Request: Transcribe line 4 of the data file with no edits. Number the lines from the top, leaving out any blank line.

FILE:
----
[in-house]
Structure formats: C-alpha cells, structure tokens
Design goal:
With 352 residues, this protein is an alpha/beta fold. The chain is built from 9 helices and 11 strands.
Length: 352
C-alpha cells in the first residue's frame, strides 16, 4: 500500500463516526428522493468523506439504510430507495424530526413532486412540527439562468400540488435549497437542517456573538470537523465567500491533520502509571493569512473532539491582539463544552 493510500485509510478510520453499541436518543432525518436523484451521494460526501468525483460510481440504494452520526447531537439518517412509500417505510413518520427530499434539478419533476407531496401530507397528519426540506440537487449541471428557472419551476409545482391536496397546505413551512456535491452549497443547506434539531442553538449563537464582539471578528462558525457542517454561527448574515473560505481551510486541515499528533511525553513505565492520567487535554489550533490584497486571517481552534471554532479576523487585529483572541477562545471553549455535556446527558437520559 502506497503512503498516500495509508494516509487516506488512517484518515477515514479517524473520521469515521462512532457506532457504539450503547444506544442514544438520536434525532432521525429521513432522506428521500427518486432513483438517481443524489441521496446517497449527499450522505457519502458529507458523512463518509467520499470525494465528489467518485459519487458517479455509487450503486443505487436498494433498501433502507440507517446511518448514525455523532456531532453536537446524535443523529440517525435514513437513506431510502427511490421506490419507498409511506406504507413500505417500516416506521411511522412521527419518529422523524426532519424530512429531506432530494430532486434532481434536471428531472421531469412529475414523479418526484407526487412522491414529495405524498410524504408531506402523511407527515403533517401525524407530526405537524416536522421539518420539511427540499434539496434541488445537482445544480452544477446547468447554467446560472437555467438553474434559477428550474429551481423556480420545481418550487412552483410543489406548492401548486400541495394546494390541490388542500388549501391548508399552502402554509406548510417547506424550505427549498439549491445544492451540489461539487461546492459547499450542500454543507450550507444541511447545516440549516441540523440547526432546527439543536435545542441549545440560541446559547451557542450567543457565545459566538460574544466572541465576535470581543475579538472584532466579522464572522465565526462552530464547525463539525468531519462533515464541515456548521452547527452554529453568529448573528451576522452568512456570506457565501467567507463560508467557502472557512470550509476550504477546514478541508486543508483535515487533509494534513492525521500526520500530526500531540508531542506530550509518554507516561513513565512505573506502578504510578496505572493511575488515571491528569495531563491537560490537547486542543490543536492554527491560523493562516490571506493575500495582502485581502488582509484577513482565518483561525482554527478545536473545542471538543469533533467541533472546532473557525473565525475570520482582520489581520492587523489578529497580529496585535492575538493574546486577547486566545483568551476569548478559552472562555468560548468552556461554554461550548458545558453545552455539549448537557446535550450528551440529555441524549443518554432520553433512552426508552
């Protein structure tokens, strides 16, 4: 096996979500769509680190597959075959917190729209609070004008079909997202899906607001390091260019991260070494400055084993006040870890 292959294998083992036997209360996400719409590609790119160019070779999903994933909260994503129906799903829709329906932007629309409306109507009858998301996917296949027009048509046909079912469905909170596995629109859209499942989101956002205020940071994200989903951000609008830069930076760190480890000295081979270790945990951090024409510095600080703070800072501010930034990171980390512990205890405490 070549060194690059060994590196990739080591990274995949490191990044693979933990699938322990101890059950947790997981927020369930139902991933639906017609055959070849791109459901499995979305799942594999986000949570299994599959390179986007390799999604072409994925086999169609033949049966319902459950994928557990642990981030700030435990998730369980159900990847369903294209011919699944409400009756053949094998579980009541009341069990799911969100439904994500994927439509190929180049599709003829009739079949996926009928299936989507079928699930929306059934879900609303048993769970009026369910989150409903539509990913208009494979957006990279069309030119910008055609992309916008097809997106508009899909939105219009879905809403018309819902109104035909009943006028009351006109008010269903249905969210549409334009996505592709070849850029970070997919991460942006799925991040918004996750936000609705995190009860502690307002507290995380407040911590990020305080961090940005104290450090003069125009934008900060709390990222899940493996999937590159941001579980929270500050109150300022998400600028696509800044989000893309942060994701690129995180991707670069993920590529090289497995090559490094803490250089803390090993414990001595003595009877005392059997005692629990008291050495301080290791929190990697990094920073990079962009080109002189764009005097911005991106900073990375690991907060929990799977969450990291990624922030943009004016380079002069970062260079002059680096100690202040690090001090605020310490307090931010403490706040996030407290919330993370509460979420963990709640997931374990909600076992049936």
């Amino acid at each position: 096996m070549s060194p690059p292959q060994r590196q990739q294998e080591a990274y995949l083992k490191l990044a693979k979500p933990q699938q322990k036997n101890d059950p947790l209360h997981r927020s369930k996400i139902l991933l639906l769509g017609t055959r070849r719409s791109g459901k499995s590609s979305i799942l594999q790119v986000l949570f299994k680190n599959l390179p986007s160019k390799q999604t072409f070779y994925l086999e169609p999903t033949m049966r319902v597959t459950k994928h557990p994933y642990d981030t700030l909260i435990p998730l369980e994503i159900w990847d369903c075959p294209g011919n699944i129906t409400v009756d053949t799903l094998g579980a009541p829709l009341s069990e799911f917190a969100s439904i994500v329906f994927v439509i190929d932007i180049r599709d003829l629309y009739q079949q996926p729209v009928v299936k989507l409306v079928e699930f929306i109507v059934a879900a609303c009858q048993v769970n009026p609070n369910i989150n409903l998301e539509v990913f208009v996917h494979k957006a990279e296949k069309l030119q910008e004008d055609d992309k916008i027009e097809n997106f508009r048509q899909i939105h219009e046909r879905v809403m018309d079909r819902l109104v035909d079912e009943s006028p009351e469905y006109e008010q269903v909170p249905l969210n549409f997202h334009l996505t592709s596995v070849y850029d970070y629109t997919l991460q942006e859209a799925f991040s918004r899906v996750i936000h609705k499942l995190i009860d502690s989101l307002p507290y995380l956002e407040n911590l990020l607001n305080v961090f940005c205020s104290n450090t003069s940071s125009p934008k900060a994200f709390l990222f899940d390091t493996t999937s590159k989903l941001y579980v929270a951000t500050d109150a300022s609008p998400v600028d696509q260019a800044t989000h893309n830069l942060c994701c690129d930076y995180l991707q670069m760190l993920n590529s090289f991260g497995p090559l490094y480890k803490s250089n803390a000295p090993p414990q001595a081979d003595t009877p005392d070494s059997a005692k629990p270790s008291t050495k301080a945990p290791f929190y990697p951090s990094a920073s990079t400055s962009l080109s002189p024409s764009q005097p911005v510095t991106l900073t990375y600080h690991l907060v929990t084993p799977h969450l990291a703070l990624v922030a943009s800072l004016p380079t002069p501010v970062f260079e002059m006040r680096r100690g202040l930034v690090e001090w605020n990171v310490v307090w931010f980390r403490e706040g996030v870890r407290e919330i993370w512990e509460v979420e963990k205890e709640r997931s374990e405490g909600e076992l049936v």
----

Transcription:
With 352 residues, this protein is an alpha/beta fold. The chain is built from 9 helices and 11 strands.